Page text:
What does no bailout mean for my 401k?


So, the US House of representatives rejected the bailout plan, what does that mean for your 401k you ask? Well, right now the markets are adjusting themselves down on the premise that their will be no bailout, in other words, people are acting scared and are pulling their money out faster than people can buy it – hence the reason the value of the market is going down so rapidly. In a nutshell, you will see paper losses in your 401k for the next few days, weeks, months, or even years (unless you too want to realize them now by withdrawing your money), however, the amount of shares you have still remains the same. Sooner or later your portfolio will rebound above and beyond current losses, and keeping to your long terms goals will allow you to buy up additional stocks (or mutual funds) at bargain basement prices through dollar cost averaging (See below for further explanation). Please, please don’t jump ship now or you will regret it as you will be forced into taking the loss when you don’t have to. Stick to your plan, markets are cyclical and for every up there is a down and vice-versa, however over the life of the entire stock market – the trend has been up, up and away.

Dollar cost averaging — also known as a constant dollar plan or in the United Kingdom as pound-cost averaging — is an investing technique intended to reduce exposure to risk associated with making a single large purchase. The idea is simple: spend a fixed dollar amount at regular intervals (e.g., monthly) on a particular investment or portfolio/part of a portfolio, regardless of the share price. In this way, more shares are purchased when prices are low and fewer shares are bought when prices are high. The premise of dollar cost averaging is that the investor wants to guard against the market losing value shortly after making his investment. Therefore, he chooses to spread his investment over a number of periods.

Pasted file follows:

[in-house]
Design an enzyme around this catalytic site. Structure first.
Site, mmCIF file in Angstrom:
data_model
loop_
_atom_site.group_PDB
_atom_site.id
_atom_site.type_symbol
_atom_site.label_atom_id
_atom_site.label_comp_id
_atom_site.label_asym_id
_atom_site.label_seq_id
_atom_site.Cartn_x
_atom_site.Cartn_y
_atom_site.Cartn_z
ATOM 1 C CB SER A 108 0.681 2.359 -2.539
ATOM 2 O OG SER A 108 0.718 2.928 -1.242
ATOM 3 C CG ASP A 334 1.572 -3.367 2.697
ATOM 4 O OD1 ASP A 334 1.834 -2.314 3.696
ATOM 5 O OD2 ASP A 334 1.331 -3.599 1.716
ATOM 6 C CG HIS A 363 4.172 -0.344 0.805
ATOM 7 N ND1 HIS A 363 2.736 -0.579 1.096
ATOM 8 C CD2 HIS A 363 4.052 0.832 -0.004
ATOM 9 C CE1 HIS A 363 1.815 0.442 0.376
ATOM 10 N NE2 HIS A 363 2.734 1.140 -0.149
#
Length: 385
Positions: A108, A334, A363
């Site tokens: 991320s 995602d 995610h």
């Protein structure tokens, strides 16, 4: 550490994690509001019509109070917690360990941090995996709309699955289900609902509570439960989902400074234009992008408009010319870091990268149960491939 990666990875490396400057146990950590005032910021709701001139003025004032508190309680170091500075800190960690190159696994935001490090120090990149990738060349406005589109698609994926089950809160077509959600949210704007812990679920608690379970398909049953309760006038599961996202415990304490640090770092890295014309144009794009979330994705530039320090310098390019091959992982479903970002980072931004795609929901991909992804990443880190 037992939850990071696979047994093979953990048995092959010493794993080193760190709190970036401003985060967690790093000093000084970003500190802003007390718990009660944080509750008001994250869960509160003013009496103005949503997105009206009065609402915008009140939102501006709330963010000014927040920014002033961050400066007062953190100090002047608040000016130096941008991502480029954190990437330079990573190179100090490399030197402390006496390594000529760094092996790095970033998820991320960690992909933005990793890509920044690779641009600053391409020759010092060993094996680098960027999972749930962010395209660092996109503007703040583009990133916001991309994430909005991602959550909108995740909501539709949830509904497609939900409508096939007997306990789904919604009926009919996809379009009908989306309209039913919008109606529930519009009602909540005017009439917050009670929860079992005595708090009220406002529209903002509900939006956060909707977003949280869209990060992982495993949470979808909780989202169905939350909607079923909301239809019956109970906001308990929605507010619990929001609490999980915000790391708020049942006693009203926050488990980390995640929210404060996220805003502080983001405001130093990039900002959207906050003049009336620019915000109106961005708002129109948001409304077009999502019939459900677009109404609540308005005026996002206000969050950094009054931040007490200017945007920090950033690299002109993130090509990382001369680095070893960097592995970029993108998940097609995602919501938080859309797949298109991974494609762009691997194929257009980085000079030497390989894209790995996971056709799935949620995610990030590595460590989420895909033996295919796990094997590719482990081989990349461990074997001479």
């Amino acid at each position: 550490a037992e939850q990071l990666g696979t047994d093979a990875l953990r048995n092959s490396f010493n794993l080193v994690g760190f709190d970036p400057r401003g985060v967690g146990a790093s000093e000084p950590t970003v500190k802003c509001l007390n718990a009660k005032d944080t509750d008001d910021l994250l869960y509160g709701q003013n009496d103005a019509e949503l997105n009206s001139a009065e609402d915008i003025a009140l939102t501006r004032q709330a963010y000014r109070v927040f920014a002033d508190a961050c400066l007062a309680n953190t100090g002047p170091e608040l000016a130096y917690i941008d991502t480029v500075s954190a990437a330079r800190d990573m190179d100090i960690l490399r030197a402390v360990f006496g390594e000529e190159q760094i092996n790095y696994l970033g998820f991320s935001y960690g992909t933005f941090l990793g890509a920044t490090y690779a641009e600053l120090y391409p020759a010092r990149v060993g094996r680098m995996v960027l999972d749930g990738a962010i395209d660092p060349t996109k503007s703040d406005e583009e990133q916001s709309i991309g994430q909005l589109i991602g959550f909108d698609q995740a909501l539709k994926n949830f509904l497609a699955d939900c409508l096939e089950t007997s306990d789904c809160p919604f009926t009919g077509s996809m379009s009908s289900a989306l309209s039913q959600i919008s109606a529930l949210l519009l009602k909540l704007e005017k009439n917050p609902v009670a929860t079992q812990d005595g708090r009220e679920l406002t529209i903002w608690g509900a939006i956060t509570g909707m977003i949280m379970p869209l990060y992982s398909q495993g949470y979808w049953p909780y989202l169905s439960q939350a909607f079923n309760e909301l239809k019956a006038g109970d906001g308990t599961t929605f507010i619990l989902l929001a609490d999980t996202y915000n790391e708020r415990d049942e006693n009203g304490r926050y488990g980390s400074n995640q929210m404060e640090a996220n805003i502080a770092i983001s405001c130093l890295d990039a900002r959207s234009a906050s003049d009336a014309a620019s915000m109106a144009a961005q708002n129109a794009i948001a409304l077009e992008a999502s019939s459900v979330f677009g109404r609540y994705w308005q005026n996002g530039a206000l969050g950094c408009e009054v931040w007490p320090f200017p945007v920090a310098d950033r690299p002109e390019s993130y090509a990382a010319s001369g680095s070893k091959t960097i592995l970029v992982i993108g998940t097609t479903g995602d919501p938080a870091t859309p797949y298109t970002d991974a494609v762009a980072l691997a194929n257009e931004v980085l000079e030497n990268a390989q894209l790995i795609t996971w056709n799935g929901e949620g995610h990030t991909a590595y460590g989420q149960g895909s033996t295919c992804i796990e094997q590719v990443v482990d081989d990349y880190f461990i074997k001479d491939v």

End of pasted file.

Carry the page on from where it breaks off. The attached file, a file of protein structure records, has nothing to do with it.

Since the market has a positive mean rate of return, dollar cost averaging usually requires the investor to give up some expected return for the benefit of reduced variance in his eventual outcome. In fact, research has shown that investing a lump sum according to these principles generally results in worse performance as compared to investing the entire sum at separate times (Constantinides, 1979). However, the investor can expect a reduction in the variance of his performance by implementing dollar cost averaging. While dollar cost averaging can help to limit the downside of a worst-case scenario of an immediate drop in asset value after the lump sum is invested, most market research has shown that such drop-offs are relatively rare compared to the strong emphasis the strategy puts on avoiding them.


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